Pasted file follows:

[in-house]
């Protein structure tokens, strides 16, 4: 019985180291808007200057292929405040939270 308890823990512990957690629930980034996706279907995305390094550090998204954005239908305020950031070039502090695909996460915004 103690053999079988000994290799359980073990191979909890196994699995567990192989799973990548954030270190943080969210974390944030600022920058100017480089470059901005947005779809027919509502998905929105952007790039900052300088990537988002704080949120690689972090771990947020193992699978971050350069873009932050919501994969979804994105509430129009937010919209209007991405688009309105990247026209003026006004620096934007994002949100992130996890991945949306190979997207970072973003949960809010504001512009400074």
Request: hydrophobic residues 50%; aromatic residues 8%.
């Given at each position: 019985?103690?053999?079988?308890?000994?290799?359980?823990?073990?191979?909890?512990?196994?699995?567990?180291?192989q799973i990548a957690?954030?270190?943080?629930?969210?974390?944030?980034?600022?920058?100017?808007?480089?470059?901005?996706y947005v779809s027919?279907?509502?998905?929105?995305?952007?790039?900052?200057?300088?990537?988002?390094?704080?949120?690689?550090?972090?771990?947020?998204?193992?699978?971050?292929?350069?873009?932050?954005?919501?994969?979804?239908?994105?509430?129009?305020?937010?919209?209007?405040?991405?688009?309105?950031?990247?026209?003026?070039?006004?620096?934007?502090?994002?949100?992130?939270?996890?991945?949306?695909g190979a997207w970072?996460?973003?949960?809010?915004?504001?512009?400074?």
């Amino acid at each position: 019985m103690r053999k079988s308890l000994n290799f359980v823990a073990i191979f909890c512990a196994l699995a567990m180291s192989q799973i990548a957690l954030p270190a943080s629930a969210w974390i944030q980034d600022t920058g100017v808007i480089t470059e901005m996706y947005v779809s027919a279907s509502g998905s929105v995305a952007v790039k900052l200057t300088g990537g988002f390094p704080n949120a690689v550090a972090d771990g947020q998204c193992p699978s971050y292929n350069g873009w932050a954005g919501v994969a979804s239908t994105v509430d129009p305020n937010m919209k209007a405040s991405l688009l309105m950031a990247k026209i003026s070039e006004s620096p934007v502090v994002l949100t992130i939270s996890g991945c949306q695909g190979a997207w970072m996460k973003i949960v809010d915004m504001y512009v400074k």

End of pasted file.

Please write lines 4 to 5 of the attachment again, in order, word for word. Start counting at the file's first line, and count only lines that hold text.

């Given at each position: 019985?103690?053999?079988?308890?000994?290799?359980?823990?073990?191979?909890?512990?196994?699995?567990?180291?192989q799973i990548a957690?954030?270190?943080?629930?969210?974390?944030?980034?600022?920058?100017?808007?480089?470059?901005?996706y947005v779809s027919?279907?509502?998905?929105?995305?952007?790039?900052?200057?300088?990537?988002?390094?704080?949120?690689?550090?972090?771990?947020?998204?193992?699978?971050?292929?350069?873009?932050?954005?919501?994969?979804?239908?994105?509430?129009?305020?937010?919209?209007?405040?991405?688009?309105?950031?990247?026209?003026?070039?006004?620096?934007?502090?994002?949100?992130?939270?996890?991945?949306?695909g190979a997207w970072?996460?973003?949960?809010?915004?504001?512009?400074?």
């Amino acid at each position: 019985m103690r053999k079988s308890l000994n290799f359980v823990a073990i191979f909890c512990a196994l699995a567990m180291s192989q799973i990548a957690l954030p270190a943080s629930a969210w974390i944030q980034d600022t920058g100017v808007i480089t470059e901005m996706y947005v779809s027919a279907s509502g998905s929105v995305a952007v790039k900052l200057t300088g990537g988002f390094p704080n949120a690689v550090a972090d771990g947020q998204c193992p699978s971050y292929n350069g873009w932050a954005g919501v994969a979804s239908t994105v509430d129009p305020n937010m919209k209007a405040s991405l688009l309105m950031a990247k026209i003026s070039e006004s620096p934007v502090v994002l949100t992130i939270s996890g991945c949306q695909g190979a997207w970072m996460k973003i949960v809010d915004m504001y512009v400074k």